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Thursday, March 21

Psalm 147: 12-20

Spring began yesterday. I think that of all the seasonal transitions, the one from winter to spring is the most emotionally powerful for me. The image of dormant, dead-looking trees and ground swelling and then bursting into bud, bloom, and leaf speaks of hope, joy, newness. A paraphrase of Psalm 147:18b puts it this way: "He [God] breathes on winter--suddenly it's spring!" (The Message) Something that was seemingly dead suddenly burst into life. Something that appeared to have no purpose, suddenly has renewed purpose and vigor. Those same trees that looked dead to us all winter will in a few short months carry delicious fruit that nourishes and gives life to birds, insects, and humans. Where does this sudden life come from? The roots. Those trees that were uprooted in last year's hurricane will remain dormant and dead looking, but the trees that stayed rooted in the midst of the winds and the rain will feel the tingle of new life again this year.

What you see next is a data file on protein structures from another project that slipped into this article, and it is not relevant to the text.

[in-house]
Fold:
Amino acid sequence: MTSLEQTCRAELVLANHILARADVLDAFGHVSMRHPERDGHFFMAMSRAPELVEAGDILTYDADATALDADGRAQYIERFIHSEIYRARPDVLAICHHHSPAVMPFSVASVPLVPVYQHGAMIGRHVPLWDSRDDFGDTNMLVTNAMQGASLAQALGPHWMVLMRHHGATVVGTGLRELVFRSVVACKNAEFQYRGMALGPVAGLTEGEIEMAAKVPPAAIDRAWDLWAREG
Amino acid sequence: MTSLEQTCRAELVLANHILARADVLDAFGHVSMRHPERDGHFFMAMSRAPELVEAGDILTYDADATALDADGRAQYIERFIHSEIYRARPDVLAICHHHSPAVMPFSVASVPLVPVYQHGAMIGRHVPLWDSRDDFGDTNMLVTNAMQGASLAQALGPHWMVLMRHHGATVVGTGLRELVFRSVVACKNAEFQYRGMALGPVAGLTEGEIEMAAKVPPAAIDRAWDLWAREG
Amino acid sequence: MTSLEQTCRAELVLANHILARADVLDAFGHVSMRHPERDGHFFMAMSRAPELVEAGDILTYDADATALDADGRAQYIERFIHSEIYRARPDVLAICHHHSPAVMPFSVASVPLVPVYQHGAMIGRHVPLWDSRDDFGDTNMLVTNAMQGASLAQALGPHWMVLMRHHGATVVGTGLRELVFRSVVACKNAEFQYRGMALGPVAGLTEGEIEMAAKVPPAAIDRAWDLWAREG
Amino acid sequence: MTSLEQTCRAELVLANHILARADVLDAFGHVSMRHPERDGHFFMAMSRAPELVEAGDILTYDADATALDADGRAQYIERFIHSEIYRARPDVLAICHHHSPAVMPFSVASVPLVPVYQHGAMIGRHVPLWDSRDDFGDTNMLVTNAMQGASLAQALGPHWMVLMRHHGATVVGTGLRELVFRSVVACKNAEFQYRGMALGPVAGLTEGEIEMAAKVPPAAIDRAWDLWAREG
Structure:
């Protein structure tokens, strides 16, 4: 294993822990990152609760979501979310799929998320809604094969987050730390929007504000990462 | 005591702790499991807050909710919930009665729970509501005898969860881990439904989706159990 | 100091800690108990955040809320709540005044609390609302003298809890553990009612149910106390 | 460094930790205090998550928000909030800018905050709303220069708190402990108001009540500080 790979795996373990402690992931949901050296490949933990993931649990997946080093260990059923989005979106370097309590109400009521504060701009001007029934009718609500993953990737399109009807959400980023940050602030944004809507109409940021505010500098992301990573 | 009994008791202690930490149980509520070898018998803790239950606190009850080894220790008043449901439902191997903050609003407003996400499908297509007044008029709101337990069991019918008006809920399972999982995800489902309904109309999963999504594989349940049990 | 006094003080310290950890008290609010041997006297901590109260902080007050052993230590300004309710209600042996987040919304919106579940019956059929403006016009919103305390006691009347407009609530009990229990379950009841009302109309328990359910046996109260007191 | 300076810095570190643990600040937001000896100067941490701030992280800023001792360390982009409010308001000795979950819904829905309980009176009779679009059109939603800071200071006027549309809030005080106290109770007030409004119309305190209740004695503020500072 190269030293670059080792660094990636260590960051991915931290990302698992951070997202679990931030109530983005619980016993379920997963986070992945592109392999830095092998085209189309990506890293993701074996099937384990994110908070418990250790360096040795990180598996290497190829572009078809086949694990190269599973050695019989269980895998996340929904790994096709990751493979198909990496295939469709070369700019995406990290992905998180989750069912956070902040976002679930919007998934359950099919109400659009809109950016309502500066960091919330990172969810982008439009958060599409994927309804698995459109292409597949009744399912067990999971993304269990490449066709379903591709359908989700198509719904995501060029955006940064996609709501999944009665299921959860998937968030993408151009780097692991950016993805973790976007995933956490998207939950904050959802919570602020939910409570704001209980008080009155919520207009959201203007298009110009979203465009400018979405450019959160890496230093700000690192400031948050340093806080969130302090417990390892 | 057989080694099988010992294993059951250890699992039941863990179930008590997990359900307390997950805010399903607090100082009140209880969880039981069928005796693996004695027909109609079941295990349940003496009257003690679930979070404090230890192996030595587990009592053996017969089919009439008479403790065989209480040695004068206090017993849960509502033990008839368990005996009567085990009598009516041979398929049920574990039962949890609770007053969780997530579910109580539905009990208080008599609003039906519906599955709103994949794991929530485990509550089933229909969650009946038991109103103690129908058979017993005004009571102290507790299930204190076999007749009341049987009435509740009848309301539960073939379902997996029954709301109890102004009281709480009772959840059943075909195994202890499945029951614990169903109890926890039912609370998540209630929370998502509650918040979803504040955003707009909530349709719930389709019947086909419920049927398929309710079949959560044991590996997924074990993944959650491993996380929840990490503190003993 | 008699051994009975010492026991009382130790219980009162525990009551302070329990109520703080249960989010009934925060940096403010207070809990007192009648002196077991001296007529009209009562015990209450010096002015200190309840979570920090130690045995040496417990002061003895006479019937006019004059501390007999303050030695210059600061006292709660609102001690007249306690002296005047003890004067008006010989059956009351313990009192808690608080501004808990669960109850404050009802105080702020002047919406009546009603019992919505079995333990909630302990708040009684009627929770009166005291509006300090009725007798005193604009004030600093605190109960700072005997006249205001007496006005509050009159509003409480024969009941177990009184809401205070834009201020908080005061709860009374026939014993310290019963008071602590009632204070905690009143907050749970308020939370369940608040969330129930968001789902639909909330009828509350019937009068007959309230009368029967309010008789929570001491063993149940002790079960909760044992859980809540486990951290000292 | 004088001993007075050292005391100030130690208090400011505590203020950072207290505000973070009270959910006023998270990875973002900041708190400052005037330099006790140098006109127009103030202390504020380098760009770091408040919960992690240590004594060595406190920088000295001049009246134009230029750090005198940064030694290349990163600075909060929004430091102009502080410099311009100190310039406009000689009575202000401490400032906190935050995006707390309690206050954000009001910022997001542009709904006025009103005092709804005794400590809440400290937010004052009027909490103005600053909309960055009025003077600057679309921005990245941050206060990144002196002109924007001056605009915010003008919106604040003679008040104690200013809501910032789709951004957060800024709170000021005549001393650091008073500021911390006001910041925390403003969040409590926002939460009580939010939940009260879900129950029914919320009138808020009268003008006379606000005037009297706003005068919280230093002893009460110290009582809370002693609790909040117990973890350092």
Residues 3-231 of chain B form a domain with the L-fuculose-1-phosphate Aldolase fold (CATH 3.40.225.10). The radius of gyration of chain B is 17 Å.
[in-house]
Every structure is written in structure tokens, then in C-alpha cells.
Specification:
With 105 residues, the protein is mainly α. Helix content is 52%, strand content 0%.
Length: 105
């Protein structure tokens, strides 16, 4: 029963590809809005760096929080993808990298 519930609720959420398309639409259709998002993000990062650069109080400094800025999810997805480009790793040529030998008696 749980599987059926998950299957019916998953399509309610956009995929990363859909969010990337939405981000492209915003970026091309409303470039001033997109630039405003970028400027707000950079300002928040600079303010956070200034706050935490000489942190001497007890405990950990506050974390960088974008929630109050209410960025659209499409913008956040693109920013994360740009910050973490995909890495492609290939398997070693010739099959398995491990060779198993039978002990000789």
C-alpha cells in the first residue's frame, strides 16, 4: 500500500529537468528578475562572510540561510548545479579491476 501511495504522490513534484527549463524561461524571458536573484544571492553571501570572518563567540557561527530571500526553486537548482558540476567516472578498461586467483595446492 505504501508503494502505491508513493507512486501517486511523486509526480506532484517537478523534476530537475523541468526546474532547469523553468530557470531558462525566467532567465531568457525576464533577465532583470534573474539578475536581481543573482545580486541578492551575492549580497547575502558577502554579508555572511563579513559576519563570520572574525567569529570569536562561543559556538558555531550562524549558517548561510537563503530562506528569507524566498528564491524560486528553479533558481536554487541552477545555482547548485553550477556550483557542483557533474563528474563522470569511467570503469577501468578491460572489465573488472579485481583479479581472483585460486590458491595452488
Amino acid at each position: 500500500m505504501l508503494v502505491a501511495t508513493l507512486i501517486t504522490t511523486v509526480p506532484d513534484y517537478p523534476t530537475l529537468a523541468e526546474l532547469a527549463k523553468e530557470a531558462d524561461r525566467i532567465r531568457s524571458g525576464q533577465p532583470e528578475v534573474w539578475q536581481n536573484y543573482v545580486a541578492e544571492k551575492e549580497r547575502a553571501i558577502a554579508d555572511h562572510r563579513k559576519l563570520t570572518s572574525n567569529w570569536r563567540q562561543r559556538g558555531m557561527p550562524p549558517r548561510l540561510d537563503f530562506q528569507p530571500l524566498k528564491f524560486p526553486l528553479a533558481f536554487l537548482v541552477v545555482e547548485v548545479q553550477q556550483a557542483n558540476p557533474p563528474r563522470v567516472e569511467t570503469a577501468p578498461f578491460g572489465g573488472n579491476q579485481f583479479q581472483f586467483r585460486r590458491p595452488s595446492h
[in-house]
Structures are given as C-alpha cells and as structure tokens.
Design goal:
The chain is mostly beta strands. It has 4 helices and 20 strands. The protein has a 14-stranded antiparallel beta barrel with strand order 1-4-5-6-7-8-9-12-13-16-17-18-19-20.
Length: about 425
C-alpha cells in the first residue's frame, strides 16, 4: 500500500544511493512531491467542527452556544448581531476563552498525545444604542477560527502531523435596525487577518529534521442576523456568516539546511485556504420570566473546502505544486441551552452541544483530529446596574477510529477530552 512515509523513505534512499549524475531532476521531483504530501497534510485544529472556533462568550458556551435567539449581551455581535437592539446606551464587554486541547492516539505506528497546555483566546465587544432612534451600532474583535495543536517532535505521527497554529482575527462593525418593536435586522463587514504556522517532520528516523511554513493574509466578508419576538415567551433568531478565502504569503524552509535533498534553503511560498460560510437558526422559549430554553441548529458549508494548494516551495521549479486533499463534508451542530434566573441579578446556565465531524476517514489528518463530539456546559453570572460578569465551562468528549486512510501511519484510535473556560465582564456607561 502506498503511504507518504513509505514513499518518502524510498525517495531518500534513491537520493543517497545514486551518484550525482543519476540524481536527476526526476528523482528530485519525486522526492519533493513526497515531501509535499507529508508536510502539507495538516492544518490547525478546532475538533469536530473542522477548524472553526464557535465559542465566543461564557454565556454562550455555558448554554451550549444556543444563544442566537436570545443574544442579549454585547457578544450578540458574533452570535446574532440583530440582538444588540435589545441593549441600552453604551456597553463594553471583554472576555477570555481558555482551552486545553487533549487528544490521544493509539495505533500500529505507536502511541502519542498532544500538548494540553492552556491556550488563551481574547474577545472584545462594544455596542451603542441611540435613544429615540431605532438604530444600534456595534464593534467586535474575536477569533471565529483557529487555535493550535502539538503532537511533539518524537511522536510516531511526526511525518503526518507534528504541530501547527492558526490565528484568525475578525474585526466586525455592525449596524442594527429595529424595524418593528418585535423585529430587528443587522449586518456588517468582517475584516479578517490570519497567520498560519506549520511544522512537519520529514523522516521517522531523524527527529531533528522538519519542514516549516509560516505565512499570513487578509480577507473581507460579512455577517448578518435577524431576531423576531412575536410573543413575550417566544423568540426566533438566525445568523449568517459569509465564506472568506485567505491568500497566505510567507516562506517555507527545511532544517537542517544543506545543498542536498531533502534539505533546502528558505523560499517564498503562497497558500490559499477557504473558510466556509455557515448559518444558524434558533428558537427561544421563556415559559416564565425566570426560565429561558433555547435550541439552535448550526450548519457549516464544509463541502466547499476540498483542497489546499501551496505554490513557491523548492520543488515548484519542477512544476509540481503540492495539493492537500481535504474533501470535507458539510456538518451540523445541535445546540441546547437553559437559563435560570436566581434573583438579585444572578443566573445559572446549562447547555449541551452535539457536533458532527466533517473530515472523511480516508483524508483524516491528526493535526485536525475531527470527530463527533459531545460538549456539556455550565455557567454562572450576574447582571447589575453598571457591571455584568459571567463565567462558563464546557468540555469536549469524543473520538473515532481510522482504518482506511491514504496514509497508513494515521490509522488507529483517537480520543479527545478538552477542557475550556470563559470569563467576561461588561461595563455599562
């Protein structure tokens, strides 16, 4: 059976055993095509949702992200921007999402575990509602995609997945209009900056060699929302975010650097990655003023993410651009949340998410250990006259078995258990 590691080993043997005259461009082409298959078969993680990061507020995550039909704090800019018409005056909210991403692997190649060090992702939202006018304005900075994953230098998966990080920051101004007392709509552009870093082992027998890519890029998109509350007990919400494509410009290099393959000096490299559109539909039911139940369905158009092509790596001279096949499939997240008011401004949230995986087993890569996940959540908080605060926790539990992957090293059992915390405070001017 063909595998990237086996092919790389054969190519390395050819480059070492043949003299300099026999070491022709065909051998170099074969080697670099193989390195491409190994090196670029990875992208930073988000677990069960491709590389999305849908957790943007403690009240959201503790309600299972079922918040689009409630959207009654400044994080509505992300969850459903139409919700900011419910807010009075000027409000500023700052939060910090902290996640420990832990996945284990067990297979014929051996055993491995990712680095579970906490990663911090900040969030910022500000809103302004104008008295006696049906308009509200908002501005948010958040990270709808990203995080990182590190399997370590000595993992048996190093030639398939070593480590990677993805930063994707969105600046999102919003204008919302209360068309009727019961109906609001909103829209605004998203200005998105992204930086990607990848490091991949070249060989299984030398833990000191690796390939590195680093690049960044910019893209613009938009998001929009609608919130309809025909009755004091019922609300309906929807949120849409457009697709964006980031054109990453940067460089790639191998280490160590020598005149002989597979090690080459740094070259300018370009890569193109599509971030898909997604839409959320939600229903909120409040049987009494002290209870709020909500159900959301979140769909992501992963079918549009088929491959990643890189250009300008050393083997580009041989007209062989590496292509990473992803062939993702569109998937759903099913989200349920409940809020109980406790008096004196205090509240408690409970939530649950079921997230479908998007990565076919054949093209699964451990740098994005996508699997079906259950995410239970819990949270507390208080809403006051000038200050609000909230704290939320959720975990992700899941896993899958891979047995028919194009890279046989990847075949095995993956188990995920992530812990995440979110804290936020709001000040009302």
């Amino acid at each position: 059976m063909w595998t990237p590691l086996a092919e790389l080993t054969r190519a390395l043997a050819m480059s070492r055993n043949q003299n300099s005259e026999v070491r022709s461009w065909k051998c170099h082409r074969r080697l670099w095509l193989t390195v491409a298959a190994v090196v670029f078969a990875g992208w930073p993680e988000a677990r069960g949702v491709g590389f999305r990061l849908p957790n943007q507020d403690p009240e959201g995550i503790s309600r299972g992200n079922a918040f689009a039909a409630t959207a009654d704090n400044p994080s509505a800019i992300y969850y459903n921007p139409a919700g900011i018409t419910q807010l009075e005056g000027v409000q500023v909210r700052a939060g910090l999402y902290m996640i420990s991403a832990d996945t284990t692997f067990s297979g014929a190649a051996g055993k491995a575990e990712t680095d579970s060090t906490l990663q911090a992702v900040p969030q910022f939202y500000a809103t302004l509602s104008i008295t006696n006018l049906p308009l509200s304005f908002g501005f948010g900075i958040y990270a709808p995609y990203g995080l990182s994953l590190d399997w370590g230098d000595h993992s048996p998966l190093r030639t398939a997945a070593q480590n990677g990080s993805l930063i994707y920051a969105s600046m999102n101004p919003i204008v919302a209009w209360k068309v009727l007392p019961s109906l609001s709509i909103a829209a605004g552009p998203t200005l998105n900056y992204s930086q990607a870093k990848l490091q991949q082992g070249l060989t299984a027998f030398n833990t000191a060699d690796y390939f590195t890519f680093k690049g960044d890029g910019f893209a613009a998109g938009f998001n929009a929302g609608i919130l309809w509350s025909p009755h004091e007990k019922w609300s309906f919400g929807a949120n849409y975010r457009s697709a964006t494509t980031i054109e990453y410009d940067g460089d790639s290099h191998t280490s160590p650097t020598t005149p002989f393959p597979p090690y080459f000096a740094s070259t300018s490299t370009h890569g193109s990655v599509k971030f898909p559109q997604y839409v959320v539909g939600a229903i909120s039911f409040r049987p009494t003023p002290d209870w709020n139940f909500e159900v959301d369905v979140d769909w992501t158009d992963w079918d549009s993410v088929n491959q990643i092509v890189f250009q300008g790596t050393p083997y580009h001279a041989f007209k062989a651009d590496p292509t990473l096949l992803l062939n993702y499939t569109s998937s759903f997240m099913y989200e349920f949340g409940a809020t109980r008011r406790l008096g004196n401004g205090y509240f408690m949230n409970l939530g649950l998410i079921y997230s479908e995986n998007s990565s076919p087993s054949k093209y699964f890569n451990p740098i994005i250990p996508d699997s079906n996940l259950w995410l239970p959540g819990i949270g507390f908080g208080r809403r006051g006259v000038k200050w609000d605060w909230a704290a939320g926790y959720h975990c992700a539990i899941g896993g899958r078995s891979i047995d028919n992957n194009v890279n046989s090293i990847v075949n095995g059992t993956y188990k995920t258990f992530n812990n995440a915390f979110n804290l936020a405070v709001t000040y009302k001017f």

Many of us in the PTS community made a huge transition in coming here. We left family, friends, and familiarity to seek out what we believed was the call of God. If you are anything like me, it probably was and/or is very difficult. Perhaps it’s a challenge to find life and purpose. Perhaps you feel like a dormant tree, appearing dead and useless while you submit to the daily grind of school, work, or kids, wondering, “Is this really what God meant for me?” Please be encouraged. What appears lifeless may actually be a time of transition into a new life and purpose. Our Lenten lectionary theme for this year is Rooted and Grounded in Love, and I think that gives the best indication of how to weather the storms of transition and change, exams and deadlines, family pressures and church commitments. We must stay rooted in love--the love of God, love for our family, the love among friends. Love reminds us of who we are and whose we are. It reminds us that grace abounds and that new life is just around the corner. It reminds us that others understand and care, that we are not in this alone. So let us stay rooted and remember what the psalmist urged us to do, “Wait for the Lord; be strong, and let your heart take courage; wait for the Lord!” (Psalm 27:14, NRSV)

Rachelle Gewecke, Seminary Deacon


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